Was radio advertising the untold secret ingredient in Youngkin's Virginia victory?

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FIRST ON FOX: When it comes to political advertising in national or statewide campaigns, radio is often the third wheel in comparison to TV and digital.

But a new research memo shared first with FOX Business on Wednesday suggests that radio ads played an outsized role in arguably the most crucial election of 2021.

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Research published by the Center for Campaign Innovation spotlights that radio ads by Virginia Republican gubernatorial nominee Glenn Youngkin – although a smaller investment than TV or digital – played a disproportionate role in helping to boost the candidate to narrow victory in November over former Democratic Gov. Terry McAuliffe.

Virginia Republican gubernatorial nominee Glenn Youngkin takes the stage to react to election results during an election night victory party at a hotel in Chantilly, Virginia, Nov. 3, 2021.  (REUTERS/Jonathan Ernst / Reuters)

The memo by the non-profit group that trains and guides conservative candidates through the digital transformation of politics, notes that Youngkin basically had the radio airwaves to himself until mid-September and argues that made a big difference in a race with national implications that grabbed attention from coast to coast.

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TV has long been the king when it comes to political advertising, with digital growing in importance with each election cycle. But Center for Campaign Innovation director Eric Wilson noted that "Youngkin pressed his advantage early on radio which also boosted his TV and digital advertising."

"Effective campaigns follow the data and our research shows that radio still has a place in campaigns fighting a fragmented media landscape," Wilson, who served as digital director on Sen. Marco Rubio's 2016 presidential campaign and in Virginia on Ed Gillespie's 2014 Senate and 2017 gubernatorial campaigns, highlighted.

Youngkin, a first-time candidate who hailed from the business wing of the GOP, became the first Republican to win a gubernatorial election in a dozen years in Virginia, a one-time battleground but still competitive state. And the race was seen as a key barometer ahead of next year's midterms, when Republicans aim to win back control of both the House of Representatives and the Senate, where the Democrats hold razor-thin majorities.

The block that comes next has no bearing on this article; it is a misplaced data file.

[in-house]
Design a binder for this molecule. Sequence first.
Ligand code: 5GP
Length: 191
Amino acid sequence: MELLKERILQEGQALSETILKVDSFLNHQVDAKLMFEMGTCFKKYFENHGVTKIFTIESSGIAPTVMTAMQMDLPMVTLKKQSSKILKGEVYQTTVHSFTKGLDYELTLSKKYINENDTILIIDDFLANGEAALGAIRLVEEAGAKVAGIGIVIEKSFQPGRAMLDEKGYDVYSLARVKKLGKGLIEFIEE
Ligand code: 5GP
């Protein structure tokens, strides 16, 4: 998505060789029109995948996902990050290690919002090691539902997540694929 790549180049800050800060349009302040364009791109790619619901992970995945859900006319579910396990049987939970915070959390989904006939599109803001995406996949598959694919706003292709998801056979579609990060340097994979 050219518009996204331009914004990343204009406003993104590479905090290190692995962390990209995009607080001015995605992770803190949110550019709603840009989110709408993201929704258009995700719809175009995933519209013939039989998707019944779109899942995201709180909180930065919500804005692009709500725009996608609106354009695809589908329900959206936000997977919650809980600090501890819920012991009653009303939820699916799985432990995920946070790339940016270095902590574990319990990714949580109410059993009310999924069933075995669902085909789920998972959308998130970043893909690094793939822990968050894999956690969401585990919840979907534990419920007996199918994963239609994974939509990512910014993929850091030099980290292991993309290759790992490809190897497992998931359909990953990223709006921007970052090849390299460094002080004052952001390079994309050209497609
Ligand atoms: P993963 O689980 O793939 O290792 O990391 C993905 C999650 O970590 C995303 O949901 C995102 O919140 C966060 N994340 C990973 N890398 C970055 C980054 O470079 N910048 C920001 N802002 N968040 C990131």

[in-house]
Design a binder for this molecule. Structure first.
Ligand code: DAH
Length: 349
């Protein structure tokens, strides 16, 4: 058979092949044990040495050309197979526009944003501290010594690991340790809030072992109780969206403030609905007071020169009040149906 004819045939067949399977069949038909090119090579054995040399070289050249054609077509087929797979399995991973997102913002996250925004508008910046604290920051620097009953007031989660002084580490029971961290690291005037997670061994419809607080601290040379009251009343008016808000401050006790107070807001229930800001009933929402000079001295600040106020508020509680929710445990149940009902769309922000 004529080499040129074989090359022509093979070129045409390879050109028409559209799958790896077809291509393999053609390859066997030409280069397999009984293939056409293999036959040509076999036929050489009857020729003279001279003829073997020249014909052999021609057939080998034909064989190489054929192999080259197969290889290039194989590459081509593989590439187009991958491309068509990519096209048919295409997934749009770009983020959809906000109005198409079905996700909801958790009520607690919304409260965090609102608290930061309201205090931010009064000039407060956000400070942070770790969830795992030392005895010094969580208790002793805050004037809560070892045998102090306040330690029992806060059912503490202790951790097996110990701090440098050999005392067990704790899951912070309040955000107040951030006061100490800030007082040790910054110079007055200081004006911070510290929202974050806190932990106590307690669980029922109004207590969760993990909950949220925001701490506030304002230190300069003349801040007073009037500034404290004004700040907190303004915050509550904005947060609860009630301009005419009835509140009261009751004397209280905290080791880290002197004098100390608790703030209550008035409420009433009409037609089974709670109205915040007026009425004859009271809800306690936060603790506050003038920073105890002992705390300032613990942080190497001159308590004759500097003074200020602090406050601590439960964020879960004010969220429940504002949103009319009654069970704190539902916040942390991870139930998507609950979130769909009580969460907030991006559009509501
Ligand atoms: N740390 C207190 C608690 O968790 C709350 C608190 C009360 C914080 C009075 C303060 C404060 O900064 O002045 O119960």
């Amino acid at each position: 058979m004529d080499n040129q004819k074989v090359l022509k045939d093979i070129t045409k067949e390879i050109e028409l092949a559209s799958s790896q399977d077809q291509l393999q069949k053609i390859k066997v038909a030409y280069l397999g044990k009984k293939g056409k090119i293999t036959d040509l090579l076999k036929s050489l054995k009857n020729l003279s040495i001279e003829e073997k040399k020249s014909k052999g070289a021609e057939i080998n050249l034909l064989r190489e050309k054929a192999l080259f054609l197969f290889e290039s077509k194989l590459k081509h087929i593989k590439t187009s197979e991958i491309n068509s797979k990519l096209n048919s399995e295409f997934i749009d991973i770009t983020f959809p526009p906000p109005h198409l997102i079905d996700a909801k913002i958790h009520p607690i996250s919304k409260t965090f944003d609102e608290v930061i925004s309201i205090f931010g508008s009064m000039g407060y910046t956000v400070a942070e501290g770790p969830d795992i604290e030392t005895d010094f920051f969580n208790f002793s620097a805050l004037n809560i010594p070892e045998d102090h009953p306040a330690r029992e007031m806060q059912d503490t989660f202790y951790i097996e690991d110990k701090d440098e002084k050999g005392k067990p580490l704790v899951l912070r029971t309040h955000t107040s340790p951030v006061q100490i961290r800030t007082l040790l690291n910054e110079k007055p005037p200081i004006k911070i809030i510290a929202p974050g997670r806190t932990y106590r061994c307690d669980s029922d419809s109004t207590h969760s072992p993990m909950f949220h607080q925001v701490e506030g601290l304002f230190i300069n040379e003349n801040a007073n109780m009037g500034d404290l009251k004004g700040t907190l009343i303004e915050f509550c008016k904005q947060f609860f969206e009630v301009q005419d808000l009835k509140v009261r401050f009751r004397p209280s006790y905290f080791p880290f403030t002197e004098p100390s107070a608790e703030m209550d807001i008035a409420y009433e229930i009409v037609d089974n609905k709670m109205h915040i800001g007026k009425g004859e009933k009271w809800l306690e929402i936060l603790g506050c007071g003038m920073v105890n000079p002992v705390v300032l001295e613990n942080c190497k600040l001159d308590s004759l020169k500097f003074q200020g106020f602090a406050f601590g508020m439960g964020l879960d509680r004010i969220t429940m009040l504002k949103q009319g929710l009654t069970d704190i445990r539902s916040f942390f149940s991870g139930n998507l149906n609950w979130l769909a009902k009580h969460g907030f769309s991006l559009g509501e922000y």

The Center for Campaign Innovation touted that their "research from Virginia provides valuable insights for campaigners heading into the 2022 midterms as they plan their paid media budgets."

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They argued that campaigns should follow an "all of the above" advertising strategy "because the average voter’s attention is so fragmented, no single platform will provide the reach needed to meaningfully move numbers."

And they spotlighted what’s been argued for years in the world of campaign politics, that "while TV’s reach remains high, radio and digital have greater efficiency and ballot movement for those they do reach"

Democratic gubernatorial candidate, former Virginia Gov. Terry McAuliffe speaks to supporters during a rally in Richmond, Va., Sunday, Oct. 31, 2021.  (AP Photo/Steve Helber / AP Images)

The group pointed to polling that they commissioned in September and at the end of the election. The first survey was conducted when Youngkin had the radio airwaves to himself, and it suggested that Youngkin's "early radio investment was a key component of closing McAuliffe's early lead."

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The survey indicated that voters who recalled seeing Youngkin TV commercials as well as hearing the candidate’s radio spots were 6.84% more likely to vote for Youngkin that those who did not hear the radio ads. The data noted that digital advertising combined with TV commercials gave Younking a 5.46% boost among voters.

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